Why aren't you allowed to say "I have been knowing her for ten years" or "It has been broadcasting for many years"? But you are allowed to say "I have been waiting for an hour".
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Knowing happens but once -- unlike waiting, you don't stretch the process of knowing someone over an extended period. It happens at a moment of time. That is why, I suppose.
You could, on the other hand, be getting to know the person better over ten years.
Many words describing senses and emotions tend not to be used in the progressive/continuous form. Although many such verbs are either so abstract as to make temporal distinction unnecessary, or relate to a single instance (as Kris points out with "know") it isn't the case with all of them.
Such verbs are called stative (or state) verbs and include: like, love, believe, have (when used to mean "to own") and taste.
There's a complete list here: http://www.perfect-english-grammar.com/stative-verbs.html
It’s because know describes a state of mind rather than an action, and such verbs are rarely found with a progressive construction. They are generally verbs which describe perception, emotion and thinking.
Broadcast is not a good example, because, as Hugo has explained, it can take a progressive construction.
“[Subject] has/have been [verb]ing” is a construction called the present perfect continuous.¹ It describes an ongoing or continuous action which began in the past and continued until now. As Barrie says (he calls it by another name, the progressive), this construction is typically used for actions, not states of mind.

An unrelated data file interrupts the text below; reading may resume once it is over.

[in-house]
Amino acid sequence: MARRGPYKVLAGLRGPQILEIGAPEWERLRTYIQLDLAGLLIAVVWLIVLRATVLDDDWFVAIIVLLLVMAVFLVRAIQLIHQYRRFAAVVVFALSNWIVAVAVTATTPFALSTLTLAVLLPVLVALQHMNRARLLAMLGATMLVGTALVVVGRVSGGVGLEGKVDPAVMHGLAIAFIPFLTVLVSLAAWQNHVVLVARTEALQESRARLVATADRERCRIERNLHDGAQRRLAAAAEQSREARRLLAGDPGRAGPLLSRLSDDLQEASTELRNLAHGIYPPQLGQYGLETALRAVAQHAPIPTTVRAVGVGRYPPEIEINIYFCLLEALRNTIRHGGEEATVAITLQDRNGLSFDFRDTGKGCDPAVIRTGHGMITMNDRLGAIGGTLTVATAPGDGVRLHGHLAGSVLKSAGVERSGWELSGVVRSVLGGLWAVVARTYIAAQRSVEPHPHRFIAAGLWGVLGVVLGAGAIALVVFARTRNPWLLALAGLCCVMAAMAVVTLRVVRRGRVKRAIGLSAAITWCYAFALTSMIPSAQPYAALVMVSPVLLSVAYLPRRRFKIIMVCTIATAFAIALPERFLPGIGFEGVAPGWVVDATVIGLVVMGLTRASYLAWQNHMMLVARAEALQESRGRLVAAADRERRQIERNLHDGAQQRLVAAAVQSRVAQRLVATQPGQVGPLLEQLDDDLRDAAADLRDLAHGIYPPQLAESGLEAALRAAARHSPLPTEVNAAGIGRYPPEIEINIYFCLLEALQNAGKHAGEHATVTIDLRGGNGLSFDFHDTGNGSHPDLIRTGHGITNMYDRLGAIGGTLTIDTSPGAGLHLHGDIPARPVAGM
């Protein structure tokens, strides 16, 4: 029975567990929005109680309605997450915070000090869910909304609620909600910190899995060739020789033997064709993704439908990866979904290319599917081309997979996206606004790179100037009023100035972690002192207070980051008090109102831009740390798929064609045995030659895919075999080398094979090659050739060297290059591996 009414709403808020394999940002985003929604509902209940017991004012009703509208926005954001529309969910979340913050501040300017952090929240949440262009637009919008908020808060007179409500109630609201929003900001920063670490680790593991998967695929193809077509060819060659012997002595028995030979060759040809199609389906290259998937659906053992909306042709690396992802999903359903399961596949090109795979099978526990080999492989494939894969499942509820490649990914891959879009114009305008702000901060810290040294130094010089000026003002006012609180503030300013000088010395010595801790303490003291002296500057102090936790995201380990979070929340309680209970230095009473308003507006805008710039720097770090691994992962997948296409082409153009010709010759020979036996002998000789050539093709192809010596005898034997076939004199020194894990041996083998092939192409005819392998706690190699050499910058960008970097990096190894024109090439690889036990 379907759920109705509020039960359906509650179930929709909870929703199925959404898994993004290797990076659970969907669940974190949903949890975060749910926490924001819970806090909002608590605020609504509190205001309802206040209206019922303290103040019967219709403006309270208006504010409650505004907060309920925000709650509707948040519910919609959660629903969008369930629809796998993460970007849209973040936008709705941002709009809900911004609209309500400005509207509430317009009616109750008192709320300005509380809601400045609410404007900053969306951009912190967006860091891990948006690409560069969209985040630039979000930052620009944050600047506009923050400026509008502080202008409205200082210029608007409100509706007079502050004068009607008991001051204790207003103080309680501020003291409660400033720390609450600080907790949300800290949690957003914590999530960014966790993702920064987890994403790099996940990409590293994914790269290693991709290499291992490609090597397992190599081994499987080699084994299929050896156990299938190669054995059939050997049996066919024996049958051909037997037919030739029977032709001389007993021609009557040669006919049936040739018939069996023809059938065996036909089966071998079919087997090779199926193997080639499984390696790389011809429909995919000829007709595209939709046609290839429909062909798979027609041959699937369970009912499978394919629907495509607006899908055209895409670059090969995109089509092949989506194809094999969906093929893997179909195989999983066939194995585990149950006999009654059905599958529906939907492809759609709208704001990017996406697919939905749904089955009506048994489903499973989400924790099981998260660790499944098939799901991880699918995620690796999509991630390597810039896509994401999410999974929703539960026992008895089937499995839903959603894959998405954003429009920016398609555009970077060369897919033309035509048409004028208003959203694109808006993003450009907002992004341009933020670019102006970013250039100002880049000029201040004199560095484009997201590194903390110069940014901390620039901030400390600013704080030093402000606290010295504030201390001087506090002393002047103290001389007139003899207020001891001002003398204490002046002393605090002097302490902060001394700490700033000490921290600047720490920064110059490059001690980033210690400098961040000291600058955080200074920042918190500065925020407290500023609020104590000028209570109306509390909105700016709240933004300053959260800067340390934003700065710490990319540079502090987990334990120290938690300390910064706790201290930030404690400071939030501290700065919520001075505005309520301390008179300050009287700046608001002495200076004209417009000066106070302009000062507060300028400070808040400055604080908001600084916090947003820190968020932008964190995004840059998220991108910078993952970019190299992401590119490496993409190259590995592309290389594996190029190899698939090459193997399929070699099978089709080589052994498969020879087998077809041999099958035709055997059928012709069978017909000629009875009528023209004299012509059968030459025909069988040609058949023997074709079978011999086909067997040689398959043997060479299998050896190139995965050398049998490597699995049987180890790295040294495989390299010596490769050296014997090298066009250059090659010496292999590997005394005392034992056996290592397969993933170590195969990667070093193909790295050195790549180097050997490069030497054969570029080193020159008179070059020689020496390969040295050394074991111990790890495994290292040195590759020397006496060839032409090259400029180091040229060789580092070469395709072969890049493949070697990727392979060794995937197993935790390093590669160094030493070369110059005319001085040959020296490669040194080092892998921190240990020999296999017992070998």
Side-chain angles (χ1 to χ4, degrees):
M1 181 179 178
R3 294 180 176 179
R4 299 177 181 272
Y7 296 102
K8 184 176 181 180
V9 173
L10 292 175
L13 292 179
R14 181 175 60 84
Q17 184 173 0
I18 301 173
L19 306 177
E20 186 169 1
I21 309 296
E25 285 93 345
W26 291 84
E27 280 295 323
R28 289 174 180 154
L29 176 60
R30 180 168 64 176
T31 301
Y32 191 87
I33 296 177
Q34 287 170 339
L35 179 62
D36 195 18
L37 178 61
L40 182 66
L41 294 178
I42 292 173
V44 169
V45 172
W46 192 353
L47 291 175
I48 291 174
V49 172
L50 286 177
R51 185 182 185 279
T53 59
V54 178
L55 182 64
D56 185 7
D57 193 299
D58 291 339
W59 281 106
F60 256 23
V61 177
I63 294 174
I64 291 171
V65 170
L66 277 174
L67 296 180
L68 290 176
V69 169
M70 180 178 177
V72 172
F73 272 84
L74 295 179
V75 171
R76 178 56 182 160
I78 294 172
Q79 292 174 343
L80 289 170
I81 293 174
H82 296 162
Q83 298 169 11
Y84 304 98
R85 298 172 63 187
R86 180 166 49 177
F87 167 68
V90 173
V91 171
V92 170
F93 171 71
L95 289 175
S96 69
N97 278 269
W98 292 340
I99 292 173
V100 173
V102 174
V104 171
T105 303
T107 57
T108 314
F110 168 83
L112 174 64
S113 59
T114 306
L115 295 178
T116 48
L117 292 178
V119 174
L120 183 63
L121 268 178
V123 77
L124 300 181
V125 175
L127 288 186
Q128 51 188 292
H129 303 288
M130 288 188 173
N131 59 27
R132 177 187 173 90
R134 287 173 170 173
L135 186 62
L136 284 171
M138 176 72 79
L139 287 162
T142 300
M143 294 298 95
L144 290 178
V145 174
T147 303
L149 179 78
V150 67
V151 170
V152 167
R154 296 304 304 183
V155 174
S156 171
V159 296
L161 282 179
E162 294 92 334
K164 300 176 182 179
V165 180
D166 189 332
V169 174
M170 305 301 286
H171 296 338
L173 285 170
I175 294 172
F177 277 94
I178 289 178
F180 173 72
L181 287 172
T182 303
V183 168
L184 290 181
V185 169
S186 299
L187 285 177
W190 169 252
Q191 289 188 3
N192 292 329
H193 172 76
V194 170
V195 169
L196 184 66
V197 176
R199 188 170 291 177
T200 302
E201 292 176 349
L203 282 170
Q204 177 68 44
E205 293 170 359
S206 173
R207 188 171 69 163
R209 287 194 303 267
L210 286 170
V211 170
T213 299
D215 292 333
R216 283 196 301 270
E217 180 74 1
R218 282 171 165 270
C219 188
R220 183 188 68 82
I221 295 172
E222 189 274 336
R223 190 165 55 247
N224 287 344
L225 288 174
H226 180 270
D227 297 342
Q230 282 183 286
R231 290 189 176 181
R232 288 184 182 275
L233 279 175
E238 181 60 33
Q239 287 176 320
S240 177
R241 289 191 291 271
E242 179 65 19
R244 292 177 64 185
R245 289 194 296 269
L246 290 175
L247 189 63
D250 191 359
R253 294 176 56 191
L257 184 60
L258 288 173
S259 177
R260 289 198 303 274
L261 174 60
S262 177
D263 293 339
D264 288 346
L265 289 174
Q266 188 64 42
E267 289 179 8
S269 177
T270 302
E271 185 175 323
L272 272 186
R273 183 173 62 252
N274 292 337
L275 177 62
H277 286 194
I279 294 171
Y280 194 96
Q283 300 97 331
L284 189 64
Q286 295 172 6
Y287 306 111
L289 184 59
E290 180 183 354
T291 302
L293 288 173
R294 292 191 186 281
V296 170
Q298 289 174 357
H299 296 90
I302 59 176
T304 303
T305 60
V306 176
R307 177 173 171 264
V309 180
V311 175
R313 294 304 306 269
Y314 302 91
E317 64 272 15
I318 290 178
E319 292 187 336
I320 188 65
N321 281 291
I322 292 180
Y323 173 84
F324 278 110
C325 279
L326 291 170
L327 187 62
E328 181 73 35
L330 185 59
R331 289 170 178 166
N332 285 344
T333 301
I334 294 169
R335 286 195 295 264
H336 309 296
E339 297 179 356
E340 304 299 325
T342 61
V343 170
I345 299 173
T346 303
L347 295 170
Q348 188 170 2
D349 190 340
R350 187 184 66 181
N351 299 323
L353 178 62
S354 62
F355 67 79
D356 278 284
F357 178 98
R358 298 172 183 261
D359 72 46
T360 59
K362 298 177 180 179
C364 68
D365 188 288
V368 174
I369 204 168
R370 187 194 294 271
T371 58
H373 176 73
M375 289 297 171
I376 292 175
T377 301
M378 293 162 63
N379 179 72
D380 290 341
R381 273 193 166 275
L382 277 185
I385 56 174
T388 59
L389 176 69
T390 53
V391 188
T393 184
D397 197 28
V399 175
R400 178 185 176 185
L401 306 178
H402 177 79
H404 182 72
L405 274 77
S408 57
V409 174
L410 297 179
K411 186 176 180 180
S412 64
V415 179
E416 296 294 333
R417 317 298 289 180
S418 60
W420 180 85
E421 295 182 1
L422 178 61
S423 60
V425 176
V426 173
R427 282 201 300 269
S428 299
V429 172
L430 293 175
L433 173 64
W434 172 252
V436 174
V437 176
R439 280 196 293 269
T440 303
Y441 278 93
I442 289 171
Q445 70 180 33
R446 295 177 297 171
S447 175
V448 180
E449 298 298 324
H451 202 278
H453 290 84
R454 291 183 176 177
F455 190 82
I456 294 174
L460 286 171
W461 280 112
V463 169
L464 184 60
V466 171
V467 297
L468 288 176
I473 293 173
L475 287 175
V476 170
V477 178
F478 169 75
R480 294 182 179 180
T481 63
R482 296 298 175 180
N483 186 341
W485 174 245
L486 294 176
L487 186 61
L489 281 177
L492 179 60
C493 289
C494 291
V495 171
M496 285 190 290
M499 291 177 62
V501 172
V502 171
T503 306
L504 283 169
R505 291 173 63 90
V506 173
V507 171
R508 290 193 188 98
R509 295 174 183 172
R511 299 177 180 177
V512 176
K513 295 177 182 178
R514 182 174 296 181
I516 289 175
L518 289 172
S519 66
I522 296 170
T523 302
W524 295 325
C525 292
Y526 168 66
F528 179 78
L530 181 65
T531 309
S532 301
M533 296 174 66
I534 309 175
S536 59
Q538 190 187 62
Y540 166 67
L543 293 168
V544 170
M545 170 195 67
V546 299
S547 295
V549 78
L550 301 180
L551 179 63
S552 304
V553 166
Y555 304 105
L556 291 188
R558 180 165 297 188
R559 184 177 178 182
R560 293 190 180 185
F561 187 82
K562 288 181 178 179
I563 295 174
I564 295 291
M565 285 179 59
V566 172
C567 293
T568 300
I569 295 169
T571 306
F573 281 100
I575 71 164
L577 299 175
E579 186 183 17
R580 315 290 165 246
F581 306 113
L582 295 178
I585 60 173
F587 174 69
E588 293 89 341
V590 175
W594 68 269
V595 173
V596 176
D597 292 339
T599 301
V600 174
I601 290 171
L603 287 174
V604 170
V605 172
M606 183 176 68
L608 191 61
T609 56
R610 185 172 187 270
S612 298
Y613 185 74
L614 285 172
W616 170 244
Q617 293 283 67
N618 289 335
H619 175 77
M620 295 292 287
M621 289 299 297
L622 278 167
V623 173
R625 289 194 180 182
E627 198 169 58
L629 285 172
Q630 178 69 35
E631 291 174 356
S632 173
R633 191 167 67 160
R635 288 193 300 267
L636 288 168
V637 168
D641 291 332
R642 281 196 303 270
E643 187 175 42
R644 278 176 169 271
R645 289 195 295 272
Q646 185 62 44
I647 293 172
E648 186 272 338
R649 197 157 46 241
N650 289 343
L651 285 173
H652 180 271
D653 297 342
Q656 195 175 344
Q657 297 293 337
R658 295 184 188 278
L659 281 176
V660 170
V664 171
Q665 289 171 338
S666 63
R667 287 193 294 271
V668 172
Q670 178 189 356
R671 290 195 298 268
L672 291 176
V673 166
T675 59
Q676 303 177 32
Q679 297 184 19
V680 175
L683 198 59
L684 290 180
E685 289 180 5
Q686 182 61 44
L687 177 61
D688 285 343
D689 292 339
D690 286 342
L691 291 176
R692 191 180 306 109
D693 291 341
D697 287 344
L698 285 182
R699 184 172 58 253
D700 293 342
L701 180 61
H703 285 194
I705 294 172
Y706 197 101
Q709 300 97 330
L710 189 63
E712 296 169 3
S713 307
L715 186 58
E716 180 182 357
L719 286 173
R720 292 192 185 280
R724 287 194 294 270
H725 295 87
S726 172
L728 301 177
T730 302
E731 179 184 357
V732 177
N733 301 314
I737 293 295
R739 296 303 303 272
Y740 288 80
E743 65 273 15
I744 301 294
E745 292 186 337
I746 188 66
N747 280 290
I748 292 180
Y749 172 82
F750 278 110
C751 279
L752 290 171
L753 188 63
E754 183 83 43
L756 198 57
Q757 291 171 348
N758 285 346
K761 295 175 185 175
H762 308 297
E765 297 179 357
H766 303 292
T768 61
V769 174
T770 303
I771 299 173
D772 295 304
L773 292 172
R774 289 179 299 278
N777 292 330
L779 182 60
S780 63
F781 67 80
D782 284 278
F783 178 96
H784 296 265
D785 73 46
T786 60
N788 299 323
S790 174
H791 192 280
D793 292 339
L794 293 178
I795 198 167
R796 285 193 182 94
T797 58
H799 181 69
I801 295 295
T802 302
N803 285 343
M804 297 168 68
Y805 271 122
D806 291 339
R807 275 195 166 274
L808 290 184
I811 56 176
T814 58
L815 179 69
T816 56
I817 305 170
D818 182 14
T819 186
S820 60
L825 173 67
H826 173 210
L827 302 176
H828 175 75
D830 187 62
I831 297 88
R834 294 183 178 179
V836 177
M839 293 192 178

There is only one sense of know which describes an action, not a state of mind: the archaic (Biblical) sense “to have sexual intercourse with”.² Consequently, some of your readers will wonder if you have been having sex with her for the last ten years.
This confusion is why you should probably avoid the progressive construction in that example.
Nothing wrong here, assuming you mean to describe the ongoing action of broadcasting. It should refer back to something which is capable of broadcasting continuously, such as a radio station.
Nothing wrong here either. This sentence describes the ongoing or continuous action of waiting.
Note I am now uncertain about my analysis here - I shall keep the answer up for reference sake. I expect to get to the bottom of this, for now, regard it as contrarian argumentation in the spirit of Christopher Hitchens.
Who says you aren't allowed to? It looks like Standard English to me.
It isn't really precise English because it introduces an abstraction, apparently to no end. Compare your example
Here, (1) introduces your relationship through the indirect construction of inhabiting a state while (2) simply affirms the relationship.
If you were to make use of the abstraction, this would be good English, e.g., in
"knowing" is the first thing we say about a relationship that we then elaborate on. Here, the progressive -ing form is an asset.
Some examples of "been knowing"
A quick web search shows:
These do seem to be Standard English to me. They all take plural objects, which may be a consideration, but I expect I would find examples with singular objects if I spent more time looking.
Following Hellion's doubts, I've queried the Corpus of Contemporary American English, and have seven more examples in the present continuous, consisting of quotations from newspapers and transcripts from television shows; there are certainly many more to be found:
I found no examples of this construction in journalism outside of quotes, indicating that the construction is not used in formal, edited contexts. These seem to be a wealth of idiomatic informal Standard English.
In example 5, from Jerry Springer's bastion of eloquence, the two sentences make an effective parallelism between the present continuous of knowing and dating. I contend that this is not only Standard English, but an exemplar of good, effective English.
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